When you’re first exploring Animal Communication, it helps to get in touch with what I call your Native Communication Style. We all have a native or most comfortable way in which we visualize, and that way isn’t always visual. That was really confusing for me when I first began exploring animal communication and building my intuitive skills. My own native style is actually more like a knowing or a sudden download of information. My second strongest language is emotion, and the two often jockey for first place when I’m communicating with non-human animals. Early in my exploration, I often thought I was doing it wrong because messages and information didn’t come to me as pictures or visually. Visualization is quite a misleading term, actually.
When you’re practicing animal communication, information will come in one or more forms. You may see pictures in your mind’s eye, as visualization implies, or you may get sensory information from any of your other senses, such as catching a whiff of a specific scent or hearing a voice. You may feel information in your body or feel specific emotions. You may suddenly know the answer to whatever question you asked as if the information was just downloaded into your mind Neo-style as if you’re plugged into The Matrix. Sometimes, it comes as a hodgepodge of all of that. How the information comes depends on your native style and skill level, the native style and skill level of the being with whom you’re communicating, and factors that may be beyond understanding.
When you’re starting out, it helps a lot to know your own native style. In part, just knowing what works best for you helps you to bring your intuition online, making it easier to get the information you’re naturally already gathering at sub- or unconscious levels into your conscious mind so you can access it. It’ll help you get out of your own way.
In part, knowing your own native language makes it easier to stop dismissing the information that’s real. Self-doubt is one of the biggest obstacles most of us face when we’re beginning. Just being aware of your native style will give you more confidence. Plus, as a beginner you can communicate your style to your partner to help make your conversation easier. Just like we are happy to use simpler language when talking with children, our non-human animal friends are often happy to adapt their style to suit your needs when you’re just starting out.
Be aware, too, that no style is better than the others. Knowing your own Native Communication Style may help you get to know yourself better, but it doesn’t tell you much about your personality or psychology. What it does tell you is how your mind is most comfortable sorting and identifying information. What you do with that information once you’ve brought it into consciousness says a lot about your personality, intelligences, and psychology, but how you got it…not so much so.
So, don’t get down if you don’t get information in the way that seems to be dominant or preferred. No style is actually preferred. Our term for getting that information is just a result of trying to fit this concept into a flawed form. It’s a lot like trying to sum up the energy we call love into that one, tiny word. The word Love is really just a pointer toward something much, much bigger and more complex than a single world can encompass. So, too, with visualization.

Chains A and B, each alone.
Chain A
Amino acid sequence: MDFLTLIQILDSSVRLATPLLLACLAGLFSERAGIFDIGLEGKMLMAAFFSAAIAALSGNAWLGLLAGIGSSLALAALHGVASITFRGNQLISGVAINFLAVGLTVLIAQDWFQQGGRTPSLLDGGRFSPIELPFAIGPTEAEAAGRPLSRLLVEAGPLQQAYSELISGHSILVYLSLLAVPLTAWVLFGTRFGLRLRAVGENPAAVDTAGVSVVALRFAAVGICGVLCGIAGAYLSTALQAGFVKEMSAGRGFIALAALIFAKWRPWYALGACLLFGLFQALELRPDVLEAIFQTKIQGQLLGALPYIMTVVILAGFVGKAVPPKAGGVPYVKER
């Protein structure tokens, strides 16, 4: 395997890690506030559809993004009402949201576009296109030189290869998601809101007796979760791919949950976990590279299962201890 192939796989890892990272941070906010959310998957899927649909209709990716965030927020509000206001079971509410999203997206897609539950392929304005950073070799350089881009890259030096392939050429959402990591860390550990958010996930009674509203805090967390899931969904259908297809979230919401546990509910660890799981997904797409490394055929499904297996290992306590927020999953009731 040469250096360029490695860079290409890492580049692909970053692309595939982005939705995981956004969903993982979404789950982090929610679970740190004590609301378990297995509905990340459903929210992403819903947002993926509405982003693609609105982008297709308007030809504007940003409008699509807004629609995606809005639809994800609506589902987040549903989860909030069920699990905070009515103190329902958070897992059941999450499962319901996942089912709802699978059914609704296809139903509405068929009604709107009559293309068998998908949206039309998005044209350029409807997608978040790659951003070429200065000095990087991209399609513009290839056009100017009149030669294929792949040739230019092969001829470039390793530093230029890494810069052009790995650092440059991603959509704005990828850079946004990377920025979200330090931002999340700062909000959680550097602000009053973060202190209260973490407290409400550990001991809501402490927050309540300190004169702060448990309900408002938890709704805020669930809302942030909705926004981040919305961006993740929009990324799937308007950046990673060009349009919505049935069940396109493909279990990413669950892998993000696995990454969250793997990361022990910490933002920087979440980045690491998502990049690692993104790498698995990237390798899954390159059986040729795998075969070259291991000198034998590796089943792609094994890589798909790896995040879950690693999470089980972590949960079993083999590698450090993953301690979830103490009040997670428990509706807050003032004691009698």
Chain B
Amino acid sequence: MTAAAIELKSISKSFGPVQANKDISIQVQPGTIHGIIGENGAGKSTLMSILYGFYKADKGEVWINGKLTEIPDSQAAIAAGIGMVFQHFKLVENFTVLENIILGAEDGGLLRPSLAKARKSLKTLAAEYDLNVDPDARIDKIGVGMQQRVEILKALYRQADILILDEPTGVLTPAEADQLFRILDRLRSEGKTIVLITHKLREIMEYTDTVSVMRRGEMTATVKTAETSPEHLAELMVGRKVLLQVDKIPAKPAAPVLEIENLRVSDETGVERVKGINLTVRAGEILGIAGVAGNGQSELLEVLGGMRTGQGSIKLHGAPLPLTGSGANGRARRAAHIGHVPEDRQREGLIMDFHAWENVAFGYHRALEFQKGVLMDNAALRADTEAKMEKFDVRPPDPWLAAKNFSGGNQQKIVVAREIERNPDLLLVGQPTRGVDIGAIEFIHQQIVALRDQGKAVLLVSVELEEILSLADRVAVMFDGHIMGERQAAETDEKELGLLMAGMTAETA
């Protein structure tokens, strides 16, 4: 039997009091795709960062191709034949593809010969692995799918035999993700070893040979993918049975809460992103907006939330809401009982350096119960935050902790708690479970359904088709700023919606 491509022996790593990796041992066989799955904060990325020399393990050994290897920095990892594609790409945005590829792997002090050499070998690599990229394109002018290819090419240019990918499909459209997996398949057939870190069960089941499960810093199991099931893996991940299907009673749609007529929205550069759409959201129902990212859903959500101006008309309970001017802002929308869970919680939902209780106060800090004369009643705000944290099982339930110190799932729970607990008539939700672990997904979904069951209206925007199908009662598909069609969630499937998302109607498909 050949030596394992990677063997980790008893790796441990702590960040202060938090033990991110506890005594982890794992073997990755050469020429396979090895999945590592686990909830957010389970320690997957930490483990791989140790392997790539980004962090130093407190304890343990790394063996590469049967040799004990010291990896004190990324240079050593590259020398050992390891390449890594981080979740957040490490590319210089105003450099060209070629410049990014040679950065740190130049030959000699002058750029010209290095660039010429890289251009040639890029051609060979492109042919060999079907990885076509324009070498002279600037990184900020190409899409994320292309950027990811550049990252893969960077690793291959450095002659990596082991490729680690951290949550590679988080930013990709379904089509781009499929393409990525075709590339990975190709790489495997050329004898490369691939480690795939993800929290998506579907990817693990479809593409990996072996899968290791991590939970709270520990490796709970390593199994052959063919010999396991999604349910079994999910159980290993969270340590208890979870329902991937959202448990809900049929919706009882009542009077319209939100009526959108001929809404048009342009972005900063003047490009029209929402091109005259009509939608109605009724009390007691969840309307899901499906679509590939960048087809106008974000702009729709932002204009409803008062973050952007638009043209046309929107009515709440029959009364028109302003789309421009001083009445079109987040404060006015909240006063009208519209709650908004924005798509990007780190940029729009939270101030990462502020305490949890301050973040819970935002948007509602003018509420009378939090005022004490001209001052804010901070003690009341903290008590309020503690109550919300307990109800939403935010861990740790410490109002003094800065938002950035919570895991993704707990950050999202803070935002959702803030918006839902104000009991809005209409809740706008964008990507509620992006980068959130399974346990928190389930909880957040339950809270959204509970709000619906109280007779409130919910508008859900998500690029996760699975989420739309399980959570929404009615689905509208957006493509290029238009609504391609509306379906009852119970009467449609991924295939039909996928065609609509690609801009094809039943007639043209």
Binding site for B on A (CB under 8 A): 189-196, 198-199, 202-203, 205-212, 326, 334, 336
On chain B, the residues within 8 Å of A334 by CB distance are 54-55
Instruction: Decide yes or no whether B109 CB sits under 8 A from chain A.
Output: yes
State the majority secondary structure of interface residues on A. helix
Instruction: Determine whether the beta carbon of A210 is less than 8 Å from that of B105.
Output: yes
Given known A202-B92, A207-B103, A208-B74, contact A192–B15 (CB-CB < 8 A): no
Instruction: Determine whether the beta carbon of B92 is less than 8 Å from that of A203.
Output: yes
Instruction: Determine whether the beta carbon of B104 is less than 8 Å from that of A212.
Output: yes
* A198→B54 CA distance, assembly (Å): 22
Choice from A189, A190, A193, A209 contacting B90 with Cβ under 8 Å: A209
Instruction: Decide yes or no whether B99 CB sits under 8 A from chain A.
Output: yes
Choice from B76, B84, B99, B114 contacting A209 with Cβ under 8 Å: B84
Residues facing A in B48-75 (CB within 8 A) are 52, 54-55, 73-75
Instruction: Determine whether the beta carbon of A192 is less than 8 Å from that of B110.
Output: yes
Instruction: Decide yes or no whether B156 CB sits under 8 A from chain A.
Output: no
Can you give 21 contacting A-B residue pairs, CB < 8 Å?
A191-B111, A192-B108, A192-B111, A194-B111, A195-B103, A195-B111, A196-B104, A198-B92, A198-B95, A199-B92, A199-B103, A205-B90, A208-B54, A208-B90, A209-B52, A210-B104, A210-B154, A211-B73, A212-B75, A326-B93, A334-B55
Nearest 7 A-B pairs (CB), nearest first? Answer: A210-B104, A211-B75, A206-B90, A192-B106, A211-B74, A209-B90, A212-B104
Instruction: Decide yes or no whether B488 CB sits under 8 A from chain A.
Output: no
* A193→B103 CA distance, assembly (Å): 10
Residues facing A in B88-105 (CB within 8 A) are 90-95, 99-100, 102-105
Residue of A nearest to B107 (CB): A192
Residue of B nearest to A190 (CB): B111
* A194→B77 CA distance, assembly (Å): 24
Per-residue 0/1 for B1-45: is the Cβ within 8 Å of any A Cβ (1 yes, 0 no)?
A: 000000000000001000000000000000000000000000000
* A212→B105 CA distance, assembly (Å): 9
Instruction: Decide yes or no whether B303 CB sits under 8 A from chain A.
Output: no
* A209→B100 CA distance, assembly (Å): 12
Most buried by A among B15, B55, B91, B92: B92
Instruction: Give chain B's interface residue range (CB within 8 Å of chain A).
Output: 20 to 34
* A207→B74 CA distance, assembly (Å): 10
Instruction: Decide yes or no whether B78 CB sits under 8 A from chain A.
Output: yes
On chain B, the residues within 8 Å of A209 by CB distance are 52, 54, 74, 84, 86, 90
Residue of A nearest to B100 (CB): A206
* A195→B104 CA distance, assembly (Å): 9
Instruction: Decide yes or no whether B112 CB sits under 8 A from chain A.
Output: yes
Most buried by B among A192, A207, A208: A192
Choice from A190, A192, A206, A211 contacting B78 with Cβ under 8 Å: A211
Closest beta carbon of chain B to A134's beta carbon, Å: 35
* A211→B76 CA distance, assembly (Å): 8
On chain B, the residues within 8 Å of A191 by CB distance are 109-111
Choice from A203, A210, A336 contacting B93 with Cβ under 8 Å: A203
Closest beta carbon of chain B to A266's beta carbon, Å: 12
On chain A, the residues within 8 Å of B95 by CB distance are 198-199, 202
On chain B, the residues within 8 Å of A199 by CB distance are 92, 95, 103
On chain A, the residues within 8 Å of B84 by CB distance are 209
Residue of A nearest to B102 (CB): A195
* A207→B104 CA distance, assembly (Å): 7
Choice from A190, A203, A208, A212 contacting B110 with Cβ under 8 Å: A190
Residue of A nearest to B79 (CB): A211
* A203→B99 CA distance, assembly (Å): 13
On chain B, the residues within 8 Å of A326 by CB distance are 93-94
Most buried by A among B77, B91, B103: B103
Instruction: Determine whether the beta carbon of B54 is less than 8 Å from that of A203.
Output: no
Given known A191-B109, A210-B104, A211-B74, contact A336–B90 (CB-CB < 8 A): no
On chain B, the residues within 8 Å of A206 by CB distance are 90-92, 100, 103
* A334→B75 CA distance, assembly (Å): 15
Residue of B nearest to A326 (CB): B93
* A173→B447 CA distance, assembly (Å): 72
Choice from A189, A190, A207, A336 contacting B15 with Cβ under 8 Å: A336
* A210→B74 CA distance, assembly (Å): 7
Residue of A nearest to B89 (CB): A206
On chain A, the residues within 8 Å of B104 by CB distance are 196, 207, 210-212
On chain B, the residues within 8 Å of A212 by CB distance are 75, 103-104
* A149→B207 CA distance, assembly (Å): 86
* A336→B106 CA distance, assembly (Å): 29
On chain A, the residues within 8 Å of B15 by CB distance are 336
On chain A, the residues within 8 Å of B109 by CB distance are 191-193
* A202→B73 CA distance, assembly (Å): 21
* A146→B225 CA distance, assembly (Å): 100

Exercise: Recognize your Native Communication Style
To do this exercise, find a place where you won’t be disturbed or distracted. You’ll want to be able to get quiet and focus, preferably in a place that feels comfortable and safe. Solitude isn’t required, but it can help. If you have a non-human animal friend who wants to help you develop your skills, he or she can be present but ask him or her to let you focus.
You may need as little as a few minutes, or it may take as much as half an hour or so. If you find yourself frustrated, stop and come back to it later. One of the keys in successful animal communication as well as developing your intuitive skills is to not push but to instead let things unfold in their own time and way.
Gather three simple objects or representations of them. For instance, you can gather an apple, and orange, and a tennis ball. Or, you can write the words “apple,” “orange,” and “tennis ball” on three slips of paper. Conversely, if you’re doing this with a human partner, each of you can take a moment or two to brainstorm for your three objects without gathering or preparing a representation of any of them.
- Settle into a comfortable position.
- Let your mind clear. If necessary, take a few moments to address and jot down any thoughts that seem particularly pressing to get them off your mind.
- Choose one of your three objects and visualize it.
- When you have the object clearly in your mind, ask yourself to describe how it’s there. Is it an image or a word? Do you smell it? Is it more like the idea of the object that floats in your consciousness without any clear sensory information attached to it? Is someone whispering it in your ear?
- Make a note of how you imagined your first object in whatever fashion works for you, then repeat steps 3 and 4 for each of the remaining objects. Notice if the way you visualize each object changes and make a note of that, too. Did you see the first one but hear the next, for instance?
When you’ve practiced visualizing all three objects, you should notice you naturally gravitate toward one way of imagining them. This will be the way that feels easiest and most comfortable to you. It’s your Native Communication Style, the one you’ll want to practice on first as you begin to explore and strengthen your intuitive and animal communication skills.